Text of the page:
Friday, November 02, 2007

Would it be Wrong to Say, "I Told You So?"

It's been pretty quiet around here for the past two days. Unusually quiet. The crud that's making its way through each set of lungs and nostrils and throats in my daughters' school finally settled here and we've been burning through the Tylenol and Motrin trying to keep fevers down. My oldest daughter woke up Thursday morning with no voice and an incredibly sore throat and my youngest coughed her way through to lunchtime.

Now that we're on day two of staying home sick I'm realizing what a blessing this is. While I hate it when my kids are sick, the mantra I've been chanting to them for the past six months, "It takes two people to argue" is only just becoming clear to them. On a typical day I act as the repository for tattletaling of all kinds - 'she hit me,' 'she's making mean faces at me,' 'she won't leave me alone,' etc. I encourage kind words, enhanced communication in an effort to avoid misunderstandings, and when all else fails, ignoring your sister. If I have told them once, I've told them a million times - walking away will always end the argument. When there is nobody to react to you, it's not fun anymore. My youngest daughter is the instigator most of the time and she is often quite open about the jolt she gets from provoking her older sibling. Her older sister, the principled one, just can't resist fighting back and trying to 'educate' her sister about why what she is doing is wrong.

For the past two days, she's had no choice but to resist fighting back. The first day was rough, but by now she is so used to not being able to utter a word, the impulse is not even there any more. On the way to the doctor's office this morning, my youngest made some of her most annoying faces at her sister. Nothing.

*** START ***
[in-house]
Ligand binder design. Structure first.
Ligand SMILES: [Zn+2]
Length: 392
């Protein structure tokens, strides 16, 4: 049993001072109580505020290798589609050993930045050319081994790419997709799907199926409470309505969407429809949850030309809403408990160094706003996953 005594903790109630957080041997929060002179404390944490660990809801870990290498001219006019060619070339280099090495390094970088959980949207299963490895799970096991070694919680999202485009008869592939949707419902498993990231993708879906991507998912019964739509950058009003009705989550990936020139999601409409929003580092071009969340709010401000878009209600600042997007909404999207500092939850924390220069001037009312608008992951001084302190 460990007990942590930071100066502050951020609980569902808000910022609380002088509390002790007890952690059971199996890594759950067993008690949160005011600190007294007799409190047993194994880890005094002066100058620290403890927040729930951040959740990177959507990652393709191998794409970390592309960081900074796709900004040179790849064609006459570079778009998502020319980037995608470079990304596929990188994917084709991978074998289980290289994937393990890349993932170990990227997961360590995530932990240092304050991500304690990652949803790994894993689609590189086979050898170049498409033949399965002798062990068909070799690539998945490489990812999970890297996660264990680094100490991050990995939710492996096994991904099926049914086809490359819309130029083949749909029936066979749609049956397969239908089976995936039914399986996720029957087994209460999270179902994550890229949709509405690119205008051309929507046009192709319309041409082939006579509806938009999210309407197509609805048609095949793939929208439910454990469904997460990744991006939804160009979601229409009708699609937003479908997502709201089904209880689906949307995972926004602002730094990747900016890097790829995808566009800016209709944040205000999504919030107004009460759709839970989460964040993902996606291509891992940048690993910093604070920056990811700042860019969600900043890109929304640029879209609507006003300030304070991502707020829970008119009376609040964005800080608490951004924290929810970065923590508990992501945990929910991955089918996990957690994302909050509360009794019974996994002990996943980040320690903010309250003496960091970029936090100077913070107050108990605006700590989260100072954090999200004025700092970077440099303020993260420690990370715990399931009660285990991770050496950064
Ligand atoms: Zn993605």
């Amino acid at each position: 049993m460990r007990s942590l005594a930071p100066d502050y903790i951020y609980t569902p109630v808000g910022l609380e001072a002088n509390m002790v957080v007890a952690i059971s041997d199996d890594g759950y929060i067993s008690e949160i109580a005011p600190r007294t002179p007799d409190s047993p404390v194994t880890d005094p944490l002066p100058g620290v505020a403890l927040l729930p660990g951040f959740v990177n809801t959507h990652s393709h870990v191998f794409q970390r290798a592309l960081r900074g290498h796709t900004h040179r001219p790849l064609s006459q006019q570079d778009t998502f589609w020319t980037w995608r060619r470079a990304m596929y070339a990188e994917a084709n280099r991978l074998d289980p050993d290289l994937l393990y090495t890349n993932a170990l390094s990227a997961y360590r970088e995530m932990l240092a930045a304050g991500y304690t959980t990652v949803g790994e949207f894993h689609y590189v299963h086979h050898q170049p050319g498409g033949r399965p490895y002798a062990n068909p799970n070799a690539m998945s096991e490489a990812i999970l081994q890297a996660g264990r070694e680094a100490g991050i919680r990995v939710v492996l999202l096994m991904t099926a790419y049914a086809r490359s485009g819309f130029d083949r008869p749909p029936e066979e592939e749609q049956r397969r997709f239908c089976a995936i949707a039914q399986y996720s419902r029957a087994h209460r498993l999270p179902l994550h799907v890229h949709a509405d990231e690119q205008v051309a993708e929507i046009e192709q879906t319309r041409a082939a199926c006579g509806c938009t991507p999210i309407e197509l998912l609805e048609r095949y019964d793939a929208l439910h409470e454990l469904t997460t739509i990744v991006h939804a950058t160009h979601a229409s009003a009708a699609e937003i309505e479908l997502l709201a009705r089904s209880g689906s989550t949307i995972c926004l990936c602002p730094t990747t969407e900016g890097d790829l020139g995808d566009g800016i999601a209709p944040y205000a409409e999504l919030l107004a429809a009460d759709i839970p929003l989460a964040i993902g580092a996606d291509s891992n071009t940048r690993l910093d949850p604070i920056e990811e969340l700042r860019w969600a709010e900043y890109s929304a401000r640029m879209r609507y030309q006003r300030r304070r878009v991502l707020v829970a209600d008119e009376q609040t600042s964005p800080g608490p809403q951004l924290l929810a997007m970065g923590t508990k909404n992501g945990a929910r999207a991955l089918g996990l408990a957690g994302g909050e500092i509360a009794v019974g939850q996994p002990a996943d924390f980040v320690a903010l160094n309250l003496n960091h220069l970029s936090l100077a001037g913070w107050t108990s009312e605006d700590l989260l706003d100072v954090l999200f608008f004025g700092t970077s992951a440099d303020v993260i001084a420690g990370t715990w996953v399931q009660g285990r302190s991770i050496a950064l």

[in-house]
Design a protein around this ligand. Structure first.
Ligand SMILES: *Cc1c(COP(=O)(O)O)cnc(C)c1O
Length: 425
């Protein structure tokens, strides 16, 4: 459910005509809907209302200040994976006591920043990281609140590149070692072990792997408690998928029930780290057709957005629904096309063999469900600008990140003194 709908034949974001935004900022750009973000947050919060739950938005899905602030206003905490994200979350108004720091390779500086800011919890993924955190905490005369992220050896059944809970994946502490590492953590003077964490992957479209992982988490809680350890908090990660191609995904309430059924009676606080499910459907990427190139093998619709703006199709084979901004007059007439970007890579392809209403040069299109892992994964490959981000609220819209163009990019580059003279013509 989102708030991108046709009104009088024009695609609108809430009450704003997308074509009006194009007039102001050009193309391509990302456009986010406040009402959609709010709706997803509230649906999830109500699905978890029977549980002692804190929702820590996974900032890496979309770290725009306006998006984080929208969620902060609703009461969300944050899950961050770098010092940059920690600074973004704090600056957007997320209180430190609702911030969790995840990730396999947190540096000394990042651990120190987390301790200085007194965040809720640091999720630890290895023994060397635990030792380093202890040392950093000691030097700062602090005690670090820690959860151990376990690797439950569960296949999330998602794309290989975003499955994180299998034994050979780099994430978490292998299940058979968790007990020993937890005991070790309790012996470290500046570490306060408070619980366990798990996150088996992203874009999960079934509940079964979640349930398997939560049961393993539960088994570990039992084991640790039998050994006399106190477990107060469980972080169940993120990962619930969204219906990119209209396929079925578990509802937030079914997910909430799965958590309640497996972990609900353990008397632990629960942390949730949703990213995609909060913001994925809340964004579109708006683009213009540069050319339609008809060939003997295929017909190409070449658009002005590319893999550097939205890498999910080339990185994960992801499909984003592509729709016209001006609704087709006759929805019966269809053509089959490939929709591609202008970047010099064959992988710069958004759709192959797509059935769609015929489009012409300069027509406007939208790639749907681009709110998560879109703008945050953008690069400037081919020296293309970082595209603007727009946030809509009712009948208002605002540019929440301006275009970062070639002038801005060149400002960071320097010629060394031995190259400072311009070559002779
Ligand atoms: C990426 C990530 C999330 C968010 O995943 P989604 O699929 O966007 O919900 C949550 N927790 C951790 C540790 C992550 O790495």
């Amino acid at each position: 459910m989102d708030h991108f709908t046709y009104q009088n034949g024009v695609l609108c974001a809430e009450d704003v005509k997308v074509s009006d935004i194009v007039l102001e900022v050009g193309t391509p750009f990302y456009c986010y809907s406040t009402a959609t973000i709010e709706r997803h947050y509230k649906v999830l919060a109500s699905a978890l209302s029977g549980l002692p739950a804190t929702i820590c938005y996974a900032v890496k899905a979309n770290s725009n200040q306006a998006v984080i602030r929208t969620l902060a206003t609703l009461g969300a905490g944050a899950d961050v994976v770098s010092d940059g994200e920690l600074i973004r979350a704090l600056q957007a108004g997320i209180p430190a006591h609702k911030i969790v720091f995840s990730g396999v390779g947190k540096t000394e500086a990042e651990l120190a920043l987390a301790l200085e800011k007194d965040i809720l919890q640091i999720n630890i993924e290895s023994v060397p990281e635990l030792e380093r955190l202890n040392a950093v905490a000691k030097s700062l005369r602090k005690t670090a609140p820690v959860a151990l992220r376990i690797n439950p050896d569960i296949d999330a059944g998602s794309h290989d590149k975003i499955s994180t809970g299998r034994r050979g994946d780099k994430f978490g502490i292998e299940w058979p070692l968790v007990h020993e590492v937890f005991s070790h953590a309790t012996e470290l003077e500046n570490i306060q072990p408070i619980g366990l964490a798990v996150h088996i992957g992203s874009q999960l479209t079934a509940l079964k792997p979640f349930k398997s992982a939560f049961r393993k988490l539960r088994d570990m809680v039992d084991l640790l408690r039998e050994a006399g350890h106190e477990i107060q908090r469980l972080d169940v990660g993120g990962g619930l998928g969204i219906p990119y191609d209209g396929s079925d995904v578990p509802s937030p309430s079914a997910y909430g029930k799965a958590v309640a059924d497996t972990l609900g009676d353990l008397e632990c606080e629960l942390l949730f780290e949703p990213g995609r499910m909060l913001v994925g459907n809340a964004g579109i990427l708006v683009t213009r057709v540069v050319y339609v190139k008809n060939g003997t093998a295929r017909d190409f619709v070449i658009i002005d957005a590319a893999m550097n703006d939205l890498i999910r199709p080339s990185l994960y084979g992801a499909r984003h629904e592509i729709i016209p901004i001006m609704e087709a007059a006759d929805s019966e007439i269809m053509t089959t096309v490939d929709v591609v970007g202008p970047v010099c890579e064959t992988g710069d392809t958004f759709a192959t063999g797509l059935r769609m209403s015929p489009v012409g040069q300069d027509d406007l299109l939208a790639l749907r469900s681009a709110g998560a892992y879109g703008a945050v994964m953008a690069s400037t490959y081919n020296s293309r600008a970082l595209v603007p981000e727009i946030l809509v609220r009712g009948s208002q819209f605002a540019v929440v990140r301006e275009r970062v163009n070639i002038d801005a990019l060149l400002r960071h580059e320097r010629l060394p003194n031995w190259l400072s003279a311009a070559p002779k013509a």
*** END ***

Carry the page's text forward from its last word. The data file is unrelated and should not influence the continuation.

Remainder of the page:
"You're faking it! You aren't sick - you just want more attention!" she screamed.


"Hmph!" she crossed her arms and looked out the window.

It's the most peaceful morning drive I've had since four years ago when my youngest began talking in complete sentences. This afternoon they have watched TV without arguing about who gets to choose the show. They have sat at the kitchen table and painted pictures side-by-side without offering any mean-spirited critique of each other's art work. I have watched the comments roll right off of my eldest daughter's back without even an eye roll. My youngest has struggled with the frustration that comes from not having her thrown gauntlet retrieved and flung back at her. It took a day and a half, but she has finally turned her attentions to bugging me. Well, I'm not biting. The peace and quiet around here have been too glorious for words.


Anonymous said...

I love this post, and can identify with it so well. I try so hard, talking to the point where my face turns blue, to tell my girls that the other one is just trying to get a reaction, when you give a reaction..they win. Or another famous line around here is, she is just trying to get your goat. I had come back from a workshop, where they had actually given us goat necklaces, the idea being, it you loose your goat, you have to give that person your necklace. I loved the visual idea, so I took extra ones home for the girls, explained it and tried it. They loved the bright red goat necklaces and got the concept, but it only lasted a few days. At one point, Hannah took off her goat necklace and threw it at her sister saying, "There, you got my goat, are you happy now." Melanie yelling, "mom, Hannah hit me with her necklace..." On and on it goes. Love my girls, but the arguing drives me crazy!
Hope you all are feeling better, and enjoy the peace and serenity that is coming your way.

Deb Shucka said...

Yippppeeee! For all of you. "If I've told you once, I've told you a million times. . . " Did you ever think you'd really be saying that?!

Thanks for the reminder about not engaging in other people's stuff.

Carrie Wilson Link said...

Silence is golden!

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